This article was originally published in The Notebook. In August 2020, The Notebook became Chalkbeat Philadelphia.
With nearly one in four city students in publicly funded schools attending a charter, Philadelphia is among the top 10 cities in the country for charter market share, according to a report released this week.
Philadelphia, though, is by far the largest district in the country with such a big proportion of students in charters. With more than 200,000 students, the Philadelphia’s School District is nearly twice as large as the next biggest district in the top 20, Detroit, which has 113,000 students.
According to the report, compiled by the National Alliance for Public Charter Schools (NAPCS), a nonprofit advocacy organization, 23 percent of students in Philadelphia, attended charters in 2011-12. That amounts to nearly 47,000 students.
In terms of the raw number of students attending charters, the city ranks fourth, behind Los Angeles, New York City, and Detroit.
"The increase in public charter school enrollment in all types of communities across America shows that parent demand for school options continues to grow," said Nina Rees, president and chief executive of NAPCS, in a statement.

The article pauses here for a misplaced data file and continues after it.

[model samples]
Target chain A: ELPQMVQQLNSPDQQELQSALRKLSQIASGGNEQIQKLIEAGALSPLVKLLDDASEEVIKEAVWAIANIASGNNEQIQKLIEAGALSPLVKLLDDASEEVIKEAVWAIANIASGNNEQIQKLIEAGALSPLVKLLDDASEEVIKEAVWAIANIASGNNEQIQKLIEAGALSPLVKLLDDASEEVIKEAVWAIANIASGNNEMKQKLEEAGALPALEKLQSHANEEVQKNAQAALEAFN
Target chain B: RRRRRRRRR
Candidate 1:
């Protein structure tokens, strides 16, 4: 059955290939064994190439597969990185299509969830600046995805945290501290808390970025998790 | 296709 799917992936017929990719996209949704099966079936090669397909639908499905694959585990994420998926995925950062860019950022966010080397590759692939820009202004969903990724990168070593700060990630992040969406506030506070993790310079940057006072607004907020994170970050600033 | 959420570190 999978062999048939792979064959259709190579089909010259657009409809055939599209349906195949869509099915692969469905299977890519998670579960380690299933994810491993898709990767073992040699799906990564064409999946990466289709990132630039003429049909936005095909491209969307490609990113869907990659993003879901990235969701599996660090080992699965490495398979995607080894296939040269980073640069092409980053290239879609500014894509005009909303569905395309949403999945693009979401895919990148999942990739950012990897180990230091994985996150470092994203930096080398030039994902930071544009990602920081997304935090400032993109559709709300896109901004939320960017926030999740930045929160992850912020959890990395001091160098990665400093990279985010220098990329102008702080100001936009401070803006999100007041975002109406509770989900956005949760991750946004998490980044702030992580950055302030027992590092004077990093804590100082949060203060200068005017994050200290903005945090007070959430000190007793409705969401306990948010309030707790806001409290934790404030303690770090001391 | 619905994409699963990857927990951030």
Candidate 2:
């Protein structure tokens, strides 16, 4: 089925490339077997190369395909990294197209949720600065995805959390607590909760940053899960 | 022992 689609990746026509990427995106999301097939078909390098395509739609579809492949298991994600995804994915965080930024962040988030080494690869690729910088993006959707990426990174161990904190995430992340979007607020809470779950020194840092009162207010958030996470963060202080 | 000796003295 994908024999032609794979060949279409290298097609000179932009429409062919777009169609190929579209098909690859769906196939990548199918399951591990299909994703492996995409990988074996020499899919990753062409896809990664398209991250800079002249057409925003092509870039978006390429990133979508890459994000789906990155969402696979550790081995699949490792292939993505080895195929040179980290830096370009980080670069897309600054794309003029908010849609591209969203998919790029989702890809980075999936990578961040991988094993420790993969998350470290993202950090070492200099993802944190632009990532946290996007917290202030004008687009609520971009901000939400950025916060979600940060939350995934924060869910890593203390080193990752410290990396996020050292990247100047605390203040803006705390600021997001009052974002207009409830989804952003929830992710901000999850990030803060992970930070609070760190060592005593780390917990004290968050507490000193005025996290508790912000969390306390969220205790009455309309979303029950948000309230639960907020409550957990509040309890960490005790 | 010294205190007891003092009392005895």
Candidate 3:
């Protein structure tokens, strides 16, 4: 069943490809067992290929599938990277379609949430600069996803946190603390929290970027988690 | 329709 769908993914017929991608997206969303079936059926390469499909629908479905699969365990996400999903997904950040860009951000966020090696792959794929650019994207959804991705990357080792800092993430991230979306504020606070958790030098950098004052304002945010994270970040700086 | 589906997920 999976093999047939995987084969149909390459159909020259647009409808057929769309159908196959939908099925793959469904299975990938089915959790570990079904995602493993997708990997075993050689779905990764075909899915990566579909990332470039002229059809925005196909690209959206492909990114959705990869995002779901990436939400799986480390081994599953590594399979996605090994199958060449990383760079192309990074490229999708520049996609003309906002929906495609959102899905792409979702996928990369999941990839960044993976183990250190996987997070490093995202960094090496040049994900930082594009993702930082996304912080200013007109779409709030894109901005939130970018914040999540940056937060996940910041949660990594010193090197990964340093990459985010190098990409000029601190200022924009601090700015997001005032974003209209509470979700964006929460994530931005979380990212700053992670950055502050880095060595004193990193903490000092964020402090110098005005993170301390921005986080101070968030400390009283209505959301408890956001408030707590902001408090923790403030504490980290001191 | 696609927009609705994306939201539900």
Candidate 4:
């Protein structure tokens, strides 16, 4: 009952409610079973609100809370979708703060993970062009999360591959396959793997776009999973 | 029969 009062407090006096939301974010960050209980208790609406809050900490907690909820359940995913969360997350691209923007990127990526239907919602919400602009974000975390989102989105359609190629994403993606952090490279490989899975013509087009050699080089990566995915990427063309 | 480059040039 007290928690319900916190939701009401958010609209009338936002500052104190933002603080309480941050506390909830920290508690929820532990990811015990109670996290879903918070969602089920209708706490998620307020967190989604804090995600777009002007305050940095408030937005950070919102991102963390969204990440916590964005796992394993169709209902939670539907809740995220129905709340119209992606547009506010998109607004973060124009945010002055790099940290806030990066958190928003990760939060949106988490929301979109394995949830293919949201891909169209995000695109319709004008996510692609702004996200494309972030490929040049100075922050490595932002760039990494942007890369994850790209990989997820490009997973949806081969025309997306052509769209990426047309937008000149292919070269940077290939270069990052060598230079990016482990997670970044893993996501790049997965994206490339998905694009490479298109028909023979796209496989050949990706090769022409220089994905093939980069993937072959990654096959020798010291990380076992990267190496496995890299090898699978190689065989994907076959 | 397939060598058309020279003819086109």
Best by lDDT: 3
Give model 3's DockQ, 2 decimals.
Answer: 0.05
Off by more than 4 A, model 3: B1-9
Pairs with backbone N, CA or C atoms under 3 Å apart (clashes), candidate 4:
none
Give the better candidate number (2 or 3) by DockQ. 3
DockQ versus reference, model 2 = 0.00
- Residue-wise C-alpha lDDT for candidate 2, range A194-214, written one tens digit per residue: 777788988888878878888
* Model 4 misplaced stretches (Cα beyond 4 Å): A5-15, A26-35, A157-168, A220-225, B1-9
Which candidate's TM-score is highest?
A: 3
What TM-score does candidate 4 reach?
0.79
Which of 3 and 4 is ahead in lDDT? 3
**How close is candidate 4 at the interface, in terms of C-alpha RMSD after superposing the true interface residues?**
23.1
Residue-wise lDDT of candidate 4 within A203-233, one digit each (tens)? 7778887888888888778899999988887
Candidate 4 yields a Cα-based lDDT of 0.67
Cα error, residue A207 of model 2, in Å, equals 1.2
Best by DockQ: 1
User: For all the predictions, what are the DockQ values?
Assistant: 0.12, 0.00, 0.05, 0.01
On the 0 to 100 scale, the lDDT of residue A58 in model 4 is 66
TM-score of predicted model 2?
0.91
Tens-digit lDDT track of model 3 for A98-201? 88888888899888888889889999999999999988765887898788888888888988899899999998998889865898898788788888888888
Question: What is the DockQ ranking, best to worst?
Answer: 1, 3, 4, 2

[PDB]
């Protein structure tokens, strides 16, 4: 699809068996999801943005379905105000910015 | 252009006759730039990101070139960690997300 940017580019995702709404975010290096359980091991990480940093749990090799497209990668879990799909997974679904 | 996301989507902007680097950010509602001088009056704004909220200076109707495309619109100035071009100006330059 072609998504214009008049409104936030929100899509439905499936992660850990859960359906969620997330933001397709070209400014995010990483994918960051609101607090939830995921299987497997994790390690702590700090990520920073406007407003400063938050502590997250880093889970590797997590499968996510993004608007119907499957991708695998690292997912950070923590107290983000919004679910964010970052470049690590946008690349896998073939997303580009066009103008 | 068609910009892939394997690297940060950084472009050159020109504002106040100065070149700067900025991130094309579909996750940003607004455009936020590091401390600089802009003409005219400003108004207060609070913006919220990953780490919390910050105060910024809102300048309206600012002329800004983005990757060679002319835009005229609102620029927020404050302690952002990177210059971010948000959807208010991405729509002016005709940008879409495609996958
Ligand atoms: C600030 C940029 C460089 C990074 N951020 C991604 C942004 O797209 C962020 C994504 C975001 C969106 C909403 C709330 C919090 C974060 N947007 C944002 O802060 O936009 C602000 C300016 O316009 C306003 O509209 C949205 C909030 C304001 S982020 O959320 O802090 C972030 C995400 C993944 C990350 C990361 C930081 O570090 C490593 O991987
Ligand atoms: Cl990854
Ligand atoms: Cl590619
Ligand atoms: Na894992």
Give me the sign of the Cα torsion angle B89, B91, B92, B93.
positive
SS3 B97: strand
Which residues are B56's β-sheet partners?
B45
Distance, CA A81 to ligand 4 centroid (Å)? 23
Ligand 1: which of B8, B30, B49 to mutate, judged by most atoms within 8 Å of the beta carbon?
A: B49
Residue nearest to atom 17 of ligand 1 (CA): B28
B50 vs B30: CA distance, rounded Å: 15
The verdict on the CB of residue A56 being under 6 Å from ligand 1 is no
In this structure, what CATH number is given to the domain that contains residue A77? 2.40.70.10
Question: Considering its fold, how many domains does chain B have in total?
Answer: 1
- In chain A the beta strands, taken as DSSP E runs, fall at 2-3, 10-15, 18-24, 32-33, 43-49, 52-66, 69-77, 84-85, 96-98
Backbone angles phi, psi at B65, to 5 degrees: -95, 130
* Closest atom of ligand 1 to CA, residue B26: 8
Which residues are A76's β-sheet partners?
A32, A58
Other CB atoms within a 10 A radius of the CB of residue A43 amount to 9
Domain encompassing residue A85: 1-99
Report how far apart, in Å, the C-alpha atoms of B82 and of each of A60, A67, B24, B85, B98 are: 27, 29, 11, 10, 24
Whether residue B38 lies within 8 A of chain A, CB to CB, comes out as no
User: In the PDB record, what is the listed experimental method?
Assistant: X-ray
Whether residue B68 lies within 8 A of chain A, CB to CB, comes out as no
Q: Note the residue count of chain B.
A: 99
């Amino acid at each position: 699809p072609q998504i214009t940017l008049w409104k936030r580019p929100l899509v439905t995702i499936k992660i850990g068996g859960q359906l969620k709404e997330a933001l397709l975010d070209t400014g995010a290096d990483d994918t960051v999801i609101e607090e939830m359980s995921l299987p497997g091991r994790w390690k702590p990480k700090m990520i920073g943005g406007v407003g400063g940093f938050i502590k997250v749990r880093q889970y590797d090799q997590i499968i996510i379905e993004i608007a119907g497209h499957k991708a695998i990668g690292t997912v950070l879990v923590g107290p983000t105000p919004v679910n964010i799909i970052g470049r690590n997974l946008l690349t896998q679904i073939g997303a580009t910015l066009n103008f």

The report details the growth of the charter school movement across the country. A record-high 110 school districts now have at least 10 percent of their students attending charters, an increase of almost 15 percent over last year. The New Orleans school system, ravaged by Hurricane Katrina, held the highest enrollment percentage, with 76 percent of the students attending a charter. Detroit and the District of Columbia were next, at 41 percent each.
Noted charter school researcher Gary Miron, in a Huffington Post story about the report, points out something that the NAPCS report doesn’t address: the growing role of charter management organizations in creating networks of schools. Miron says that, nationally, 42 percent of charter students now attend schools run by such organizations. Here in Philadelphia, they include Mastery, KIPP, Universal, and Young Scholars. The growth of charter networks, Miron argues, has diluted the original purpose of charters as small schools acting as centers of innovation.